While it is true that the train built by George Stephenson and his son Robert in 1829 was not the first steam locomotive, it was the most advanced at the time, and the model that inspired all the other locomotives over the following 150 years.
Dubbed the “Rocket,” the locomotive became famous, especially after winning the Rainhill Trials design competition held by the Liverpool & Manchester Railway. It was recognized for its tall chimney at the front, cylindrical boiler in the middle, and separate firebox at the back of the train. All these innovations came to be essential elements that were preserved until the end of the era of steam.
Stephenson called his locomotive the Rocket because of a biased article in a regional newspaper that claimed people would rather go to the Moon in a rocket than ride in such an extravagant vehicle as a steam-powered train. Reference was made to the frequent serious accidents with steam machines.
The were partly right. At the ceremony on opening day of the Liverpool & Manchester Railway in 1830—a momentous event that attracted prominent guests like the British Prime Minister and Duke of Wellington—a member of parliament was hit and killed by the Rocket locomotive.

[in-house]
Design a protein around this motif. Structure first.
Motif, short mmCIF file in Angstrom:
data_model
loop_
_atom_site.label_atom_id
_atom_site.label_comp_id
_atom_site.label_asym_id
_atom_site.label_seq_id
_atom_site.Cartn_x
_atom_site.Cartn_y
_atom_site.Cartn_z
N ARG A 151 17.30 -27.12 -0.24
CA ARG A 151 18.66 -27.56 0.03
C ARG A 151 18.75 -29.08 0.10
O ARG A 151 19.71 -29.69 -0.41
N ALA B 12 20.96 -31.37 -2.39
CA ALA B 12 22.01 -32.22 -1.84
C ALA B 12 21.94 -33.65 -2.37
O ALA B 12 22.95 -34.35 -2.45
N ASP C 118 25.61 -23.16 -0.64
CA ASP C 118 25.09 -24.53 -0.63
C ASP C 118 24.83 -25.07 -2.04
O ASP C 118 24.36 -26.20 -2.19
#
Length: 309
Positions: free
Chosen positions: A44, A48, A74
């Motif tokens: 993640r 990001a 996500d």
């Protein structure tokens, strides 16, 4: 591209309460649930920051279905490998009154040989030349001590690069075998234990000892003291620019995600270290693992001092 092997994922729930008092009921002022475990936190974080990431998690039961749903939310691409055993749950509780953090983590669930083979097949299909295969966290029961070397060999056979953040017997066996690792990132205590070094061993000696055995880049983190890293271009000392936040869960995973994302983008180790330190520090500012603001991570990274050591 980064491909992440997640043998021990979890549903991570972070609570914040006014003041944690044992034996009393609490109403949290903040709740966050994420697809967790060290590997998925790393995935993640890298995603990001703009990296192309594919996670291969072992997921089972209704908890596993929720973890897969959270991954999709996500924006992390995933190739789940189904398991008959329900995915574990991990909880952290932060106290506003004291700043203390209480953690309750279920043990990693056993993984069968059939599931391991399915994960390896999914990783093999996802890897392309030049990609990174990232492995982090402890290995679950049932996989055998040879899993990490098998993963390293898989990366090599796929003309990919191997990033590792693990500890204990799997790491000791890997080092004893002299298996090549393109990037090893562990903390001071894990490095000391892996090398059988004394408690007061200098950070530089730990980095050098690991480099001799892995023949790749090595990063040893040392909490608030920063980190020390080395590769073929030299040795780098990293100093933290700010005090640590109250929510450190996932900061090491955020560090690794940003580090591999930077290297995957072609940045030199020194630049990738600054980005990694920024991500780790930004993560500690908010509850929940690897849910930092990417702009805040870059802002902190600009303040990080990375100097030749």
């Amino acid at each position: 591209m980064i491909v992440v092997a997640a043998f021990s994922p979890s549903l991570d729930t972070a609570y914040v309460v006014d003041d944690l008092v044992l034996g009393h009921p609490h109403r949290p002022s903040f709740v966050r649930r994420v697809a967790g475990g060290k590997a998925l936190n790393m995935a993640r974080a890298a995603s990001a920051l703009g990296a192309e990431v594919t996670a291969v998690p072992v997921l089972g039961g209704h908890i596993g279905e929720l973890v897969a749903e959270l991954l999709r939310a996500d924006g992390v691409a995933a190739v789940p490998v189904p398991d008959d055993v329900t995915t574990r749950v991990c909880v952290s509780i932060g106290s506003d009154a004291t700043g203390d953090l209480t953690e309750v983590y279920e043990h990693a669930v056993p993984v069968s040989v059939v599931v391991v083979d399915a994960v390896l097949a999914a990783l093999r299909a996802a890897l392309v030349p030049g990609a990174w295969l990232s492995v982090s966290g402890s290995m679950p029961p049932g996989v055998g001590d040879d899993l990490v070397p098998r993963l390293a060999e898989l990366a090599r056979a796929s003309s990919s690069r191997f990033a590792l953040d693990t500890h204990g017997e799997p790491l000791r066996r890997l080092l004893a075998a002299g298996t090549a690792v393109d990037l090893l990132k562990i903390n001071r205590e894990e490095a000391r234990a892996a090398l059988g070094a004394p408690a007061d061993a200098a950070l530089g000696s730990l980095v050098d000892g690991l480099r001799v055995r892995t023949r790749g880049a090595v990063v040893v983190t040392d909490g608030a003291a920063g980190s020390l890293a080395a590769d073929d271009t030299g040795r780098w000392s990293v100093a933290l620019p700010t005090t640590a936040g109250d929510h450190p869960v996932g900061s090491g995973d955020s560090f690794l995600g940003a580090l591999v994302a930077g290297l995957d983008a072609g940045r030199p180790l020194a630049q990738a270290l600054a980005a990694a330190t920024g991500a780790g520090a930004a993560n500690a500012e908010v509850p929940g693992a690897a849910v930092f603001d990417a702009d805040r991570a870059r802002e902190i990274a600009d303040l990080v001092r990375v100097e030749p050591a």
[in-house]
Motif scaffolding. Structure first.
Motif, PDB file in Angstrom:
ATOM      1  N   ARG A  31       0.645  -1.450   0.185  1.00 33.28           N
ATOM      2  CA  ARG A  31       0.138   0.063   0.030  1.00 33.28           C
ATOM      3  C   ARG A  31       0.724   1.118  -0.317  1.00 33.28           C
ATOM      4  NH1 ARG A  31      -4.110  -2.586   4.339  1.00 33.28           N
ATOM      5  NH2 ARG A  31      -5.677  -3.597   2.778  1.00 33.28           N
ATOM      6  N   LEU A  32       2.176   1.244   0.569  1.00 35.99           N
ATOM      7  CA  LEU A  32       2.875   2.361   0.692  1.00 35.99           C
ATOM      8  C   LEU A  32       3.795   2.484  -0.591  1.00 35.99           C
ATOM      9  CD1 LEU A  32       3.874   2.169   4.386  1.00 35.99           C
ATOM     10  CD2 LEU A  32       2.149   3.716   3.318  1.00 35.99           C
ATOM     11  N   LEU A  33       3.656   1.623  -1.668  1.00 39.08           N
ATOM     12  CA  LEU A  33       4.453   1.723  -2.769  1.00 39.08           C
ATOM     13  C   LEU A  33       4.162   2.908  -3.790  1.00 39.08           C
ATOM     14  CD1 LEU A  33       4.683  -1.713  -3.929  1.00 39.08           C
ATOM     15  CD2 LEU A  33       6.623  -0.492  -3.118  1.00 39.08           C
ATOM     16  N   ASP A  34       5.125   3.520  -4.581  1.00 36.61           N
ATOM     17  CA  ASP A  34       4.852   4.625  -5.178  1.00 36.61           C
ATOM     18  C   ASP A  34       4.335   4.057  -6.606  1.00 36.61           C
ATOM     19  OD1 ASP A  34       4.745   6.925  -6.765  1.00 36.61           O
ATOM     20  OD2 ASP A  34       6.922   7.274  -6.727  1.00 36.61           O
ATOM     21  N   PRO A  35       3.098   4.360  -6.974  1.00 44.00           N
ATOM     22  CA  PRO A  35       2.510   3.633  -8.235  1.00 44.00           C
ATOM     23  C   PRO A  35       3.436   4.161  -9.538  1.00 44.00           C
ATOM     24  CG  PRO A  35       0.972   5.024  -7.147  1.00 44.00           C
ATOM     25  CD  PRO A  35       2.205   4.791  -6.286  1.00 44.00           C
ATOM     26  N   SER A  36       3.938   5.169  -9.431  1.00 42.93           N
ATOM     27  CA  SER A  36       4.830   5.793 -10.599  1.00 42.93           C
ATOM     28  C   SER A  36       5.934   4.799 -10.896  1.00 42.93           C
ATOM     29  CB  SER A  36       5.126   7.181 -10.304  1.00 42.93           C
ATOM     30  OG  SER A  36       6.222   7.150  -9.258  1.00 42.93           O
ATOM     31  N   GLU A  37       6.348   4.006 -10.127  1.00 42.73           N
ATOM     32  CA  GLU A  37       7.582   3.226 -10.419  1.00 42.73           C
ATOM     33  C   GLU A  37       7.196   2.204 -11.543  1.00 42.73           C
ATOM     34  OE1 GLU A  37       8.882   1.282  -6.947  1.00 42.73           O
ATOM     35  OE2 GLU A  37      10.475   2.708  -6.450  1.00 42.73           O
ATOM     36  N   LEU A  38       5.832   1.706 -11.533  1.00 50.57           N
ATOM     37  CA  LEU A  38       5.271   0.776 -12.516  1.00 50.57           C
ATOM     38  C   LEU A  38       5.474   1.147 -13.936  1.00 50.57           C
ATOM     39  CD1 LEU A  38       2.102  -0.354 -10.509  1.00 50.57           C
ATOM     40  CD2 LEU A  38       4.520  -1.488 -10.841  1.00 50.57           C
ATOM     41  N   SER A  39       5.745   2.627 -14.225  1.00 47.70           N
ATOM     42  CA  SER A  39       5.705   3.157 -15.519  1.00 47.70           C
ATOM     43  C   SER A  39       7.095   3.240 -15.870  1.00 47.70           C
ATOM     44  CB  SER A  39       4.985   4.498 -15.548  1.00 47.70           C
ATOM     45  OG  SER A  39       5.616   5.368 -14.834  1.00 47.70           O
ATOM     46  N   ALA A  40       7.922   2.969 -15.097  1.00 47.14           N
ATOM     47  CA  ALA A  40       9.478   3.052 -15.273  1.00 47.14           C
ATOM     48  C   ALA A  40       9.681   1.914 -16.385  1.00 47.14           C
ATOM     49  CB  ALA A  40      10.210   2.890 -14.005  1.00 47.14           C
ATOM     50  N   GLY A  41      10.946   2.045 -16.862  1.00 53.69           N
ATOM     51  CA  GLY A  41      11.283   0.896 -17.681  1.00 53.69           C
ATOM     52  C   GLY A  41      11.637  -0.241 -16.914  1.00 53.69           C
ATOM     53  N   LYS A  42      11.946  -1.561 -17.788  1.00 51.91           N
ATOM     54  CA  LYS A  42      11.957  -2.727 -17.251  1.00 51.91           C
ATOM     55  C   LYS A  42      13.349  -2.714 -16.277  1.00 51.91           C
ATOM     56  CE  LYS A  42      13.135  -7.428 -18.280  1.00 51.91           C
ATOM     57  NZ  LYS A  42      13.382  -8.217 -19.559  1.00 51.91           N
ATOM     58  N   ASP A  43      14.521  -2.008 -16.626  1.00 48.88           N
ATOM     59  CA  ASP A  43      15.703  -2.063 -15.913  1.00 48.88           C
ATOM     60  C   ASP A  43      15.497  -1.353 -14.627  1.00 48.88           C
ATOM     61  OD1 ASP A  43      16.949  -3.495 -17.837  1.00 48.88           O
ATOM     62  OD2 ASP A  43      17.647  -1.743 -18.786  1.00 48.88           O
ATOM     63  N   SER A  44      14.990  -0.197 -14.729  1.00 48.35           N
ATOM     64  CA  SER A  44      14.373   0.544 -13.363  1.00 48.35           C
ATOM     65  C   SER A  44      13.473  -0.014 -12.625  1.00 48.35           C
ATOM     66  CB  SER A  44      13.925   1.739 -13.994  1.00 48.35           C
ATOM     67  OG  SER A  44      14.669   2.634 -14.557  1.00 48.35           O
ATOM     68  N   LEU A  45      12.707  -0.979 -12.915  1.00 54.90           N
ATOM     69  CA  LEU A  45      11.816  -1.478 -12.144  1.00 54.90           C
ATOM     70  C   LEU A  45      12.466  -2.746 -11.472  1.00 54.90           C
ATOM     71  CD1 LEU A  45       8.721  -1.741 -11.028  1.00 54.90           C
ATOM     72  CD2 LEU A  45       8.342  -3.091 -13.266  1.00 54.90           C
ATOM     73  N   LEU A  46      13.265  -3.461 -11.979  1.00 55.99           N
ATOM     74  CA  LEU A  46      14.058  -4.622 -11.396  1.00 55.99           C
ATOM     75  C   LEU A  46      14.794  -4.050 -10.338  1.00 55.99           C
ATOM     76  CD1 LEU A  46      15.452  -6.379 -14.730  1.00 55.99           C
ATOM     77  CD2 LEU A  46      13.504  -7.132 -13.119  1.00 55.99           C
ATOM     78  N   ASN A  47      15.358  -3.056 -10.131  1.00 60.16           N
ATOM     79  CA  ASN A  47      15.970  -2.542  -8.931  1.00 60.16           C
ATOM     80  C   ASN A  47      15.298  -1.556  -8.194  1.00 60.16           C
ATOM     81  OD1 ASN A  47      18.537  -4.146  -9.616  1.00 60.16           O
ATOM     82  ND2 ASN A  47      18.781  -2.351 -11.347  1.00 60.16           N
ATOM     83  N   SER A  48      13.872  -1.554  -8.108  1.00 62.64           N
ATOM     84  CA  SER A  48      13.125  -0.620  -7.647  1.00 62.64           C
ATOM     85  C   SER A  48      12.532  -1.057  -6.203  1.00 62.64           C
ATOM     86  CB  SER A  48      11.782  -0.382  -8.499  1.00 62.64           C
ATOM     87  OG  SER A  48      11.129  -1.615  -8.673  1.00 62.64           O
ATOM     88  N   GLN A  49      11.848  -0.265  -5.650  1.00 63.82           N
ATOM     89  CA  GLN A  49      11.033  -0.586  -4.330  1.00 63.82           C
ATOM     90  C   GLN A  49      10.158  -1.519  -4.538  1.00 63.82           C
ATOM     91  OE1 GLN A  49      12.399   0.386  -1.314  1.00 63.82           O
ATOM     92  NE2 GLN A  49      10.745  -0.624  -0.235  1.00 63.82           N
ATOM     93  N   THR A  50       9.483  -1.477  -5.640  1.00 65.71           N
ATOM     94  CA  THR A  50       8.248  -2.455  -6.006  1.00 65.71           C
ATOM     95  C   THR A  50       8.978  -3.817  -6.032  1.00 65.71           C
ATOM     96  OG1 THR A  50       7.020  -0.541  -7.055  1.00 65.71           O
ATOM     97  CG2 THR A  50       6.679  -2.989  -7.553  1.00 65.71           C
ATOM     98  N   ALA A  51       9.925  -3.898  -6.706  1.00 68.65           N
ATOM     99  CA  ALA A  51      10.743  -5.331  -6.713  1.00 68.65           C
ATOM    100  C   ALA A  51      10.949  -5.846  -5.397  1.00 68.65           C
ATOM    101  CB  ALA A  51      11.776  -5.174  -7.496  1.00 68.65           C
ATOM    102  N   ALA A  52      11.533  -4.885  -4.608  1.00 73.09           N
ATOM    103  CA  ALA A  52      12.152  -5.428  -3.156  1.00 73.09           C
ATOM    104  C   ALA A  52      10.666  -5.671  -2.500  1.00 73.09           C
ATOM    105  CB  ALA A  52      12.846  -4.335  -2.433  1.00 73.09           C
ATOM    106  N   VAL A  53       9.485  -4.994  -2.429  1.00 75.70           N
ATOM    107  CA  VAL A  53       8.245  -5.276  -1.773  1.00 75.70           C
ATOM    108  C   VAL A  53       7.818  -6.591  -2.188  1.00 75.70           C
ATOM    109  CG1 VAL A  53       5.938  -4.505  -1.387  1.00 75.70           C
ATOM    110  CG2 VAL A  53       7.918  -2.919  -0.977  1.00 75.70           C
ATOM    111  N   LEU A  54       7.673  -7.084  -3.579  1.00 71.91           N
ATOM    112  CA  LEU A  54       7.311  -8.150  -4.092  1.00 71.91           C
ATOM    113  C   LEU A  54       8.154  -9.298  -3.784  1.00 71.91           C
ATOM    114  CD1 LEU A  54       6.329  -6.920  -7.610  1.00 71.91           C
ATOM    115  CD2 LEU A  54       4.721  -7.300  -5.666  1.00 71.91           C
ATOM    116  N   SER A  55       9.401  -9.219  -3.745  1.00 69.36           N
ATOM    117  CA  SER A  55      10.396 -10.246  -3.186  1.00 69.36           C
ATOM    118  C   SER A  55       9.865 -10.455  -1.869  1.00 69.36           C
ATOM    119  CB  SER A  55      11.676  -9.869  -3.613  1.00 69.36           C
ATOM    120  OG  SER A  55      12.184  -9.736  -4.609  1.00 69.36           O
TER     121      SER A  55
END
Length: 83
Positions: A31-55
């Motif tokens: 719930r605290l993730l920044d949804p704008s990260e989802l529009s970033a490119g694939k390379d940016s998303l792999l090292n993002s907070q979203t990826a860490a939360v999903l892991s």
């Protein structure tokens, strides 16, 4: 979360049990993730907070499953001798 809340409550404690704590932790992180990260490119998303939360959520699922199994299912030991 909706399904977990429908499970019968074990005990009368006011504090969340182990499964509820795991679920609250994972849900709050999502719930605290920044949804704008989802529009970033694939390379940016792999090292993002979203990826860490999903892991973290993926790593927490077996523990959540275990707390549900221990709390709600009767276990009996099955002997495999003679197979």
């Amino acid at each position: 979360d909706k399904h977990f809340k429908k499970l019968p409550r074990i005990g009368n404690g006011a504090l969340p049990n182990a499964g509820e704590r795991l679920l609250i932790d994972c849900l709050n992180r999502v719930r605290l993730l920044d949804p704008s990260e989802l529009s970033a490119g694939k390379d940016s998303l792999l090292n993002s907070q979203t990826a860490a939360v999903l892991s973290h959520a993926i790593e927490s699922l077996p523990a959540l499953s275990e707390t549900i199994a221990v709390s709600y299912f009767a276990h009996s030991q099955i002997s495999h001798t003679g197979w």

Nevertheless, the train enjoyed many years of service. The original machine is still preserved, on display at the Science Museum in London.
Update of as of September 2019: The train is now on display at the National Railway Museum in York.
Know Before You Go
Exhibition Rd, Kensington, London SW7 2DD, United Kingdom. Tube by South Kensington (Circle, Piccadilly and District Lines) Bus: Lines 70, 74, 430, C1, N74 and N97